Each month we will profile a member of the Bok staff in order for our friends and colleagues to learn more about us, the full range of work that we do, how we approach our work, and what is happening in the world of teaching and learning from different perspectives.
Jordan Koffman, Assistant Director of the Learning Lab
Q: How did you decide that you were interested in working at a teaching and learning center?
A: In some ways, I suppose I’ve been thinking critically about teaching and learning for most of my life. Both of my parents are professors, so while I was growing up many dinner table conversations involved brainstorming syllabus design, discussing potential readings, or planning class activities and assignments. Fast forward 20 or so years, and I’m teaching for the Honolulu Museum of Art and managing a Cognitive Psychology Lab at the University of Hawai’i. It was through this work at the intersection of arts instruction and cognitive science that I found myself applying to a Master’s in Education here at Harvard. While pursuing that degree, I was advised to seek out the Learning Lab to help me document a final project for T550, a course on learning design taught by Karen Brennan. The rest, as they say, is history.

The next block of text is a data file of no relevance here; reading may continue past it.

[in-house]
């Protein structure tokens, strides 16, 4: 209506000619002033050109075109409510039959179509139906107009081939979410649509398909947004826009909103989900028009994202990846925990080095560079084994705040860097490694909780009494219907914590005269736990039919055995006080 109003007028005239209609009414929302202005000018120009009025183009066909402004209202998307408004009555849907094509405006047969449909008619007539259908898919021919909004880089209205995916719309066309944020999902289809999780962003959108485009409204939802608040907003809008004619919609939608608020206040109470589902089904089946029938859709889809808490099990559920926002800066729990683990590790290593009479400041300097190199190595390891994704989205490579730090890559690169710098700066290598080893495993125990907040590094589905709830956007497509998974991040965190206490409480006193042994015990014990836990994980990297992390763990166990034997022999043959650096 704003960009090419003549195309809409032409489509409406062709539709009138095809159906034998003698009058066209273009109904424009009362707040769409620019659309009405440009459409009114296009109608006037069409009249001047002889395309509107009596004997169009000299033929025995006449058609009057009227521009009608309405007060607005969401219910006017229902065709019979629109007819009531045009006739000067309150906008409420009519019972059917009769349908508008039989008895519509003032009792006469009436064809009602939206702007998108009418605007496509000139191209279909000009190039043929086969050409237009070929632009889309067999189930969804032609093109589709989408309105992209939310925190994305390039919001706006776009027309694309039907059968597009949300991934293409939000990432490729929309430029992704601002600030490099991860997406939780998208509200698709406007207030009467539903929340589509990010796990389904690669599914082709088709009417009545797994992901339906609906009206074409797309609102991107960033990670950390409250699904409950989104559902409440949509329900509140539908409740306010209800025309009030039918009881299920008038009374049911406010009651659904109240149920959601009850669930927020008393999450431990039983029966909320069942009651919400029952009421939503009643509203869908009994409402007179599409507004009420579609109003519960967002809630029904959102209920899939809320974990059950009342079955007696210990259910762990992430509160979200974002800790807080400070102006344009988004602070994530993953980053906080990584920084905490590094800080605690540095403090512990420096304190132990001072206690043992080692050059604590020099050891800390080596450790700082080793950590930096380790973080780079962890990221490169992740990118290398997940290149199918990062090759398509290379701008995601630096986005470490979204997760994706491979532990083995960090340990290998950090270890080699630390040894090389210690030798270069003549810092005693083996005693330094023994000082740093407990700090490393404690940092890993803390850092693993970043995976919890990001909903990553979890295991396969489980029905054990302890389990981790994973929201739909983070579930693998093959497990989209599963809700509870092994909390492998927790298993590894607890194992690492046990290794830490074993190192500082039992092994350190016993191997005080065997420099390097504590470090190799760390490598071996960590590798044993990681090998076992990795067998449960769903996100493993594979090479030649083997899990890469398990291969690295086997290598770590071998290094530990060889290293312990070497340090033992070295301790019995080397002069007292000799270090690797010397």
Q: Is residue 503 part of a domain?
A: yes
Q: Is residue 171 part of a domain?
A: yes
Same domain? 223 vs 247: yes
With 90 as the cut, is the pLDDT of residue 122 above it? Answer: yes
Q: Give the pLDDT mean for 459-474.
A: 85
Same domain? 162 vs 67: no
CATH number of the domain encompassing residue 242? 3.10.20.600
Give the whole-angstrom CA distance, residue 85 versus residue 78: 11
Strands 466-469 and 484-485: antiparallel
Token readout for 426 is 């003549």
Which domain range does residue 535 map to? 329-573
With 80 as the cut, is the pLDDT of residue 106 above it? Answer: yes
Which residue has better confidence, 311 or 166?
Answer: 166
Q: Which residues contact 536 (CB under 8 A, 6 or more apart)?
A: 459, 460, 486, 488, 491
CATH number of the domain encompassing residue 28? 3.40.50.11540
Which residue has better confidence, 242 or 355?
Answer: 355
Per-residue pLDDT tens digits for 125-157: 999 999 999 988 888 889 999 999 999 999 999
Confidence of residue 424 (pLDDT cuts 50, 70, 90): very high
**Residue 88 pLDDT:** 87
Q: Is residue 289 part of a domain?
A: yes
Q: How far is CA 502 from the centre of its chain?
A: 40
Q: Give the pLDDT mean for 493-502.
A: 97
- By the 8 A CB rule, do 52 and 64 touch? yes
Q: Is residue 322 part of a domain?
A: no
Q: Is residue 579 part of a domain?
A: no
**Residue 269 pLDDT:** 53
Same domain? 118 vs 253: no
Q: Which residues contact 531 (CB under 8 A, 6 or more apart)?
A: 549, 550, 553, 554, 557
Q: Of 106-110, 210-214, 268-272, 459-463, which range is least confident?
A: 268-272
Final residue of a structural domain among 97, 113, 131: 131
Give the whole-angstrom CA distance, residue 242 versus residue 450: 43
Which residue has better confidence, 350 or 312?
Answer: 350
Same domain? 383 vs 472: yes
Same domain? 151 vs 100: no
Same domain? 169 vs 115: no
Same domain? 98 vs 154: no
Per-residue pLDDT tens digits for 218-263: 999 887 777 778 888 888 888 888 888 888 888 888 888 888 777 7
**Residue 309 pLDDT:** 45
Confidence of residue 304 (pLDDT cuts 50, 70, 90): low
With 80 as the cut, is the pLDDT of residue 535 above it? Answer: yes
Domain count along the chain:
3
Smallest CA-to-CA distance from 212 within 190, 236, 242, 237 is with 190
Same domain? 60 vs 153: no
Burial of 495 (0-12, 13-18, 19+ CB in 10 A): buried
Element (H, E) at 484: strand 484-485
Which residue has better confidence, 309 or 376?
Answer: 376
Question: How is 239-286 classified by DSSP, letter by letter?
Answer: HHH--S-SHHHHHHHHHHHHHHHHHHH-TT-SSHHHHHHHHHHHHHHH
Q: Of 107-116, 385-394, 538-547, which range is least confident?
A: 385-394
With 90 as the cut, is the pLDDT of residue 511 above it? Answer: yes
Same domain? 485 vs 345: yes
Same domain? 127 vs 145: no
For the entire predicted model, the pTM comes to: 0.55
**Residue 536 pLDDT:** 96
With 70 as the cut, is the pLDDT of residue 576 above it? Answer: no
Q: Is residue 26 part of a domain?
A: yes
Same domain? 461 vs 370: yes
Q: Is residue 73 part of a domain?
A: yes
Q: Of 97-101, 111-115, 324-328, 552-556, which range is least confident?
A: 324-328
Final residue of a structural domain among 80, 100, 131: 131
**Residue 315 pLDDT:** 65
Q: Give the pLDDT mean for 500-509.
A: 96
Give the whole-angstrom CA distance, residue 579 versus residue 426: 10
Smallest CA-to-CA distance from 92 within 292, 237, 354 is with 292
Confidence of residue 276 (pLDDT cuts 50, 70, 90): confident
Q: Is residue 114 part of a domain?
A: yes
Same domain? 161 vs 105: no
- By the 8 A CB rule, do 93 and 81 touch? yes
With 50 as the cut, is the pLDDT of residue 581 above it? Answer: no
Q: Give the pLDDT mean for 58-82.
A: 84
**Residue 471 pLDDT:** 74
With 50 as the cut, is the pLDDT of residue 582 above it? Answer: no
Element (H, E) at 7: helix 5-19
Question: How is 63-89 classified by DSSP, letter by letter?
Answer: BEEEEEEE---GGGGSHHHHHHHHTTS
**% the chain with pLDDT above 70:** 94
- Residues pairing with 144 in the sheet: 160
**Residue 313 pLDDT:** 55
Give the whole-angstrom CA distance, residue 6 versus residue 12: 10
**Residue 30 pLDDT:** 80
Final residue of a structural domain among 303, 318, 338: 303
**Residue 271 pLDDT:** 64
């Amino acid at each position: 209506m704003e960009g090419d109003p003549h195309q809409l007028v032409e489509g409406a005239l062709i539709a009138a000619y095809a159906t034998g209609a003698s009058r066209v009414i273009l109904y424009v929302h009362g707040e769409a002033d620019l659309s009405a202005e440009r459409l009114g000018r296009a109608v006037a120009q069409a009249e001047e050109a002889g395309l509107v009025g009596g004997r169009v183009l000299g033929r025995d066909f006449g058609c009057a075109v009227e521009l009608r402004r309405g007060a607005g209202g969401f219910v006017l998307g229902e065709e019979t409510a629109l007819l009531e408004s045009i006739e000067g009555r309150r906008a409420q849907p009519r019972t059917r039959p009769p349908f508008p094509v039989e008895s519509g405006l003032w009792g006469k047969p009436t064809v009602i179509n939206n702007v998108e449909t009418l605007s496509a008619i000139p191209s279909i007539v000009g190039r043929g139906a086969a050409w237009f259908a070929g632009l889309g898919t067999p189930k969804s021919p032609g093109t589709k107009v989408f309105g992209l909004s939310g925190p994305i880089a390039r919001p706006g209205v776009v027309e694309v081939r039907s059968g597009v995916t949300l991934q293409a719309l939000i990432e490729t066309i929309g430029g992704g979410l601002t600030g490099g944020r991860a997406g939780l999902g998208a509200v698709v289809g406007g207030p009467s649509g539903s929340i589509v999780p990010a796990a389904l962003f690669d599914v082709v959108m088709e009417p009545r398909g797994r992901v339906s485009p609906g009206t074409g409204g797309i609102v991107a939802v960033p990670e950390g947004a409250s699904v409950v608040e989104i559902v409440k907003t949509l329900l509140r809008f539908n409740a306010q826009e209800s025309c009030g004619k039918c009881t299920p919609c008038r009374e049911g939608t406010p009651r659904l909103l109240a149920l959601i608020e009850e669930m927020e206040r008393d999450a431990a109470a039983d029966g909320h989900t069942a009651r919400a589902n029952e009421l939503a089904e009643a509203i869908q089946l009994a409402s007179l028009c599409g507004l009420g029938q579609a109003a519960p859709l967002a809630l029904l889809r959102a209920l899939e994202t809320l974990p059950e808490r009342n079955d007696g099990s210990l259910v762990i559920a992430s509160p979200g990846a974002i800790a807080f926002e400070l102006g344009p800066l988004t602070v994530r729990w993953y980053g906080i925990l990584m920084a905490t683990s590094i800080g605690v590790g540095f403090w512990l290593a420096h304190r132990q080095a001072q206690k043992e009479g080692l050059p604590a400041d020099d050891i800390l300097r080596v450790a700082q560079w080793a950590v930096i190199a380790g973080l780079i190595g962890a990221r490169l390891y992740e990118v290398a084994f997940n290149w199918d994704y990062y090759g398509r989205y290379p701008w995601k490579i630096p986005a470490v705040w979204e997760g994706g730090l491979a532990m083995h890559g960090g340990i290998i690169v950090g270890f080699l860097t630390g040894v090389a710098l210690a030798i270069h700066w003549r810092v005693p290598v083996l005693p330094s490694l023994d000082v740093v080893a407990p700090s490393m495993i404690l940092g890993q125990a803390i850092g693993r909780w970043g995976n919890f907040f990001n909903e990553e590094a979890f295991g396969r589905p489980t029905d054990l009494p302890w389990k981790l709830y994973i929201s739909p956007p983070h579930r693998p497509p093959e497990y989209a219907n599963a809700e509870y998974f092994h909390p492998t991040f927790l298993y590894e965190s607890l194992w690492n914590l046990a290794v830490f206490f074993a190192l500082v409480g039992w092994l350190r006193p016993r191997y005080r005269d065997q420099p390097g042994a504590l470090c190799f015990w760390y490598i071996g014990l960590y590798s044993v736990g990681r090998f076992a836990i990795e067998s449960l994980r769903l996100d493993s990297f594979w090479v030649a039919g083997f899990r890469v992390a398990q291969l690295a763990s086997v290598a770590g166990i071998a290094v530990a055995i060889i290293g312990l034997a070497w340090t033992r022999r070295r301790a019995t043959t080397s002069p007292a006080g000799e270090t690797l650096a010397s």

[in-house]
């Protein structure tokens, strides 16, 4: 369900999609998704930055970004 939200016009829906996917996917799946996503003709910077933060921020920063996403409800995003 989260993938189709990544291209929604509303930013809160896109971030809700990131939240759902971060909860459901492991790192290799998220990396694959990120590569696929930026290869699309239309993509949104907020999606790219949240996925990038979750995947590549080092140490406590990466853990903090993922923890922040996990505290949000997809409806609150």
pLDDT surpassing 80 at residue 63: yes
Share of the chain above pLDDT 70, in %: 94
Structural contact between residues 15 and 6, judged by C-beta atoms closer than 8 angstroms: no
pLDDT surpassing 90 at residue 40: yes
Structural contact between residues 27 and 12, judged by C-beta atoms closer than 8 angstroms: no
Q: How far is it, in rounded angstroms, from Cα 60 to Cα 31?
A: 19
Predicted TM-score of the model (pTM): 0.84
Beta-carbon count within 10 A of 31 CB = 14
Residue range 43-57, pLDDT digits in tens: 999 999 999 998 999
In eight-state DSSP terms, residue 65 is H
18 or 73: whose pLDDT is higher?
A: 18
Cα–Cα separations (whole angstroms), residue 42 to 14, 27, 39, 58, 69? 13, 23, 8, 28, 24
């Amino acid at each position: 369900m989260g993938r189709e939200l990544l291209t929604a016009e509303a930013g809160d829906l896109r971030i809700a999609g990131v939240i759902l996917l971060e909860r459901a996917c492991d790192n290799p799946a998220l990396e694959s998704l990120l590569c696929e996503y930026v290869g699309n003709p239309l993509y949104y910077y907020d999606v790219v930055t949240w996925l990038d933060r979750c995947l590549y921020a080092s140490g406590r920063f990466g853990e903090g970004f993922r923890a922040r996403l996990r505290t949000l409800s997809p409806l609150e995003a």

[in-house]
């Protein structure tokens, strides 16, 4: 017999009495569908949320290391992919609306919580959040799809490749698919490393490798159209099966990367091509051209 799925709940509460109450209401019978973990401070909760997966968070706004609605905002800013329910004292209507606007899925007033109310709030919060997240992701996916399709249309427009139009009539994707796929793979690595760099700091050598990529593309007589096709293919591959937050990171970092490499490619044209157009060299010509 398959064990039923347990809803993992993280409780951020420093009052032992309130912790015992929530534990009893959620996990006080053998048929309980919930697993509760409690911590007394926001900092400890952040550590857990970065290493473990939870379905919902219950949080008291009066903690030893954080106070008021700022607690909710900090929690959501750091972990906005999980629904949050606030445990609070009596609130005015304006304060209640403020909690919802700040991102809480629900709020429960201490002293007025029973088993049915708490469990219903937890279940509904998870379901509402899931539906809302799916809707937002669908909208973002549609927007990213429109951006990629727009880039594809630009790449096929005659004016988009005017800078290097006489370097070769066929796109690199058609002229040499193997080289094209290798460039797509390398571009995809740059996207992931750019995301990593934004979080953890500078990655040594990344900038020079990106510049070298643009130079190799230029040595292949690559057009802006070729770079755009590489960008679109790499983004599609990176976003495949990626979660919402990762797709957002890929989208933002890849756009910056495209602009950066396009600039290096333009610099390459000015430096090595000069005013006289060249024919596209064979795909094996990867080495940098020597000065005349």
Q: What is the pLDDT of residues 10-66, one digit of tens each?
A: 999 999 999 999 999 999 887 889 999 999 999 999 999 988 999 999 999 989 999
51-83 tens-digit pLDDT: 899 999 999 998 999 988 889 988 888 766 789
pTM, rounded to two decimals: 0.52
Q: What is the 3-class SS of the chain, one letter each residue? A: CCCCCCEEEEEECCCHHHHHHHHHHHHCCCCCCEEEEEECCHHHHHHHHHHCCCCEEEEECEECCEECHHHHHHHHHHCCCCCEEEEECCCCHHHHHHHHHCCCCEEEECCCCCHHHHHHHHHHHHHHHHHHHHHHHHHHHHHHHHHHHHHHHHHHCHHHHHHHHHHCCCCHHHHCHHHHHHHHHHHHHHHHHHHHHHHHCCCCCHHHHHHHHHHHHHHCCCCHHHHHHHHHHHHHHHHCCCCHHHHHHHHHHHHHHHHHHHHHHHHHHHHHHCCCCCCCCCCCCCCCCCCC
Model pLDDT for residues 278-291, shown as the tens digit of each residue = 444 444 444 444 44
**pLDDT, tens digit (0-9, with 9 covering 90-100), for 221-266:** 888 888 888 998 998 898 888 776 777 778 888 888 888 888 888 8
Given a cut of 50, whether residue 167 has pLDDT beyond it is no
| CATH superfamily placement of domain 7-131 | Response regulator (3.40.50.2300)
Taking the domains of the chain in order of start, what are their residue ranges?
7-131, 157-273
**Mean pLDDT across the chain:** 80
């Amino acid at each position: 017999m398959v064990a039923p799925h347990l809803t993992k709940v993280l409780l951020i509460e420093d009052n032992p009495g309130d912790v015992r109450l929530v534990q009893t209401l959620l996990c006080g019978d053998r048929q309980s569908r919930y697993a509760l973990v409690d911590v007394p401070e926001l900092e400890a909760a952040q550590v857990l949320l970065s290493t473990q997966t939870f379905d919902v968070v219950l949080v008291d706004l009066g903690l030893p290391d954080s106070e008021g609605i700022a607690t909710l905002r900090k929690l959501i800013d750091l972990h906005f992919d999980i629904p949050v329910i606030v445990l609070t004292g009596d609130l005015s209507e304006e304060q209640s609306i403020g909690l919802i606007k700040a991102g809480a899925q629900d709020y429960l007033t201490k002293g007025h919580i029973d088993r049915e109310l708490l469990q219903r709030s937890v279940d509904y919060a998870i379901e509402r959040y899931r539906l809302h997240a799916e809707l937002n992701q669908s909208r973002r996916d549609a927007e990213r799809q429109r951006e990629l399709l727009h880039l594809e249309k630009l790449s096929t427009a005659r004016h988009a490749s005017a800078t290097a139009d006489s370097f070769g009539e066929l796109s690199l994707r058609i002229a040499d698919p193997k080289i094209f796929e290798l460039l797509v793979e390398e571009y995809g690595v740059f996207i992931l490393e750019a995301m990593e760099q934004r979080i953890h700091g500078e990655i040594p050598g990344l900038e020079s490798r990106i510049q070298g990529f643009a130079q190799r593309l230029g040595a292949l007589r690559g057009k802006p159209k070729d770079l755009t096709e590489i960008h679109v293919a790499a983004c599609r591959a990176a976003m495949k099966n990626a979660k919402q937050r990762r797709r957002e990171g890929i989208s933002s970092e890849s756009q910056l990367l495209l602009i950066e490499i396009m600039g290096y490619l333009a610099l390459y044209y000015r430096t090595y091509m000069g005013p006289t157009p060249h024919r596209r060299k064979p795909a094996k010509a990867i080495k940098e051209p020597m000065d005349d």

Q: What do you like best about working at the Bok Center?
A: Overseeing the Learning Lab Undergraduate Fellow (LLUF) Program and working with Harvard undergraduates will always be the most fulfilling and valuable part of my work. It's amazing to work and collaborate with LLUFs, and to harness their truly generative energy, ideas, and intuitions about teaching and learning at Harvard. However, this week the students are away for Spring Break, so I have been excited to devote more time to designing graphics and building more advanced assets for the upcoming Harvard Horizons symposium. I have also been enjoying spending more time collaborating with the LL team to level up our tools and workflows that will ultimately serve our graduate student and faculty partners and enhance our workshops and assignment prototypes for the undergraduate courses we support.
Q: What do you love to do when you’re not doing teaching and learning work?
A: Every Sunday morning, I wake up early to volunteer at Lovelane horse barn in Lincoln. The barn houses twelve horses and offers therapeutic riding lessons to children with special needs. I am trained to lead and assist in lessons, but I prefer to spend my time caring for the horses. Taking time each week to be outside, work with animals, and do manual labor offers a great balance to my work week in the high tech creative studio that is the LL.